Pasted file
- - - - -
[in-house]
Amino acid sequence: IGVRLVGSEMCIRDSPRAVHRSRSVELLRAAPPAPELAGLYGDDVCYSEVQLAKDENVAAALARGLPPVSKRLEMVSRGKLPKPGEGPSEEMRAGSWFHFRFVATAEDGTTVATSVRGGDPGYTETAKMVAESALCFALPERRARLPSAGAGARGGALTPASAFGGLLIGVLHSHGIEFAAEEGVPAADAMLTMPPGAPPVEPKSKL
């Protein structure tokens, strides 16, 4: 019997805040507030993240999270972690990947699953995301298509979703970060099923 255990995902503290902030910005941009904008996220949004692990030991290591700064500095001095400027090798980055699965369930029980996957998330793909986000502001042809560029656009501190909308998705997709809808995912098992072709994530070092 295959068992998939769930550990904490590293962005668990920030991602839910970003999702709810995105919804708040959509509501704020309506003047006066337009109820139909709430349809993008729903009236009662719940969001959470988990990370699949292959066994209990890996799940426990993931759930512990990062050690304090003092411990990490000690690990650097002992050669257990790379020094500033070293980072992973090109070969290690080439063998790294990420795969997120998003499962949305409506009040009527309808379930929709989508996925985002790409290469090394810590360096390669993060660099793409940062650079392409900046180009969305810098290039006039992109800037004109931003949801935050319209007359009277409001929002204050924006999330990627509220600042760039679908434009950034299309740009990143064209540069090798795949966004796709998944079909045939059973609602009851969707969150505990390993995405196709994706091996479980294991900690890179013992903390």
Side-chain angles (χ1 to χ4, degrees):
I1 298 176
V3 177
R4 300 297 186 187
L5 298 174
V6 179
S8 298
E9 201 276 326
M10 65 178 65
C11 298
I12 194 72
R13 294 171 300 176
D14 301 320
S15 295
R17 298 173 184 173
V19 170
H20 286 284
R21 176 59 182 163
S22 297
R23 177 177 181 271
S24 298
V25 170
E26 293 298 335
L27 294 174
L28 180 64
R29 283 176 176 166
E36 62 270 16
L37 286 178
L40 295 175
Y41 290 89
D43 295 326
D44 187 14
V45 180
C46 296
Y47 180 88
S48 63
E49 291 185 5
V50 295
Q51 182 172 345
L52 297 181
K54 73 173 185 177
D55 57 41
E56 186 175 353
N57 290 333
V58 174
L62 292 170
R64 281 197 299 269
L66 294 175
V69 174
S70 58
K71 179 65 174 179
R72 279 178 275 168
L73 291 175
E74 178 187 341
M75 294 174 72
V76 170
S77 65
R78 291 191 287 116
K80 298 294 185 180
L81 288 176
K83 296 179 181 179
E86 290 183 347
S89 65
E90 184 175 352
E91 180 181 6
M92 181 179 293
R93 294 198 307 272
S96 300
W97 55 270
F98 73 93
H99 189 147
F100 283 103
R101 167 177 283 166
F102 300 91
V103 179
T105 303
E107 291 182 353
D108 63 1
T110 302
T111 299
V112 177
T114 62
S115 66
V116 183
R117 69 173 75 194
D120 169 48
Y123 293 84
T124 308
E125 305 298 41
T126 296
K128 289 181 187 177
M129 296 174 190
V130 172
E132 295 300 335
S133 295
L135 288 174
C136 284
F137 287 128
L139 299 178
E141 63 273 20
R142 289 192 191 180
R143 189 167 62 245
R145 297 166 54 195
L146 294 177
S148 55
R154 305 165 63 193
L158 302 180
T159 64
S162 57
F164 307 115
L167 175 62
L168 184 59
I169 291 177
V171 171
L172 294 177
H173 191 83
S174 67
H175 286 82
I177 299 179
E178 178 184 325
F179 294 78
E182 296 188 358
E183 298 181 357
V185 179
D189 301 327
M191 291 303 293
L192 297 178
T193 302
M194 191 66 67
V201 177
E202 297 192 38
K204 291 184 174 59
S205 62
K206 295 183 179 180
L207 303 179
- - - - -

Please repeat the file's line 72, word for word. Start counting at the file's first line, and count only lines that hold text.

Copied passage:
W97 55 270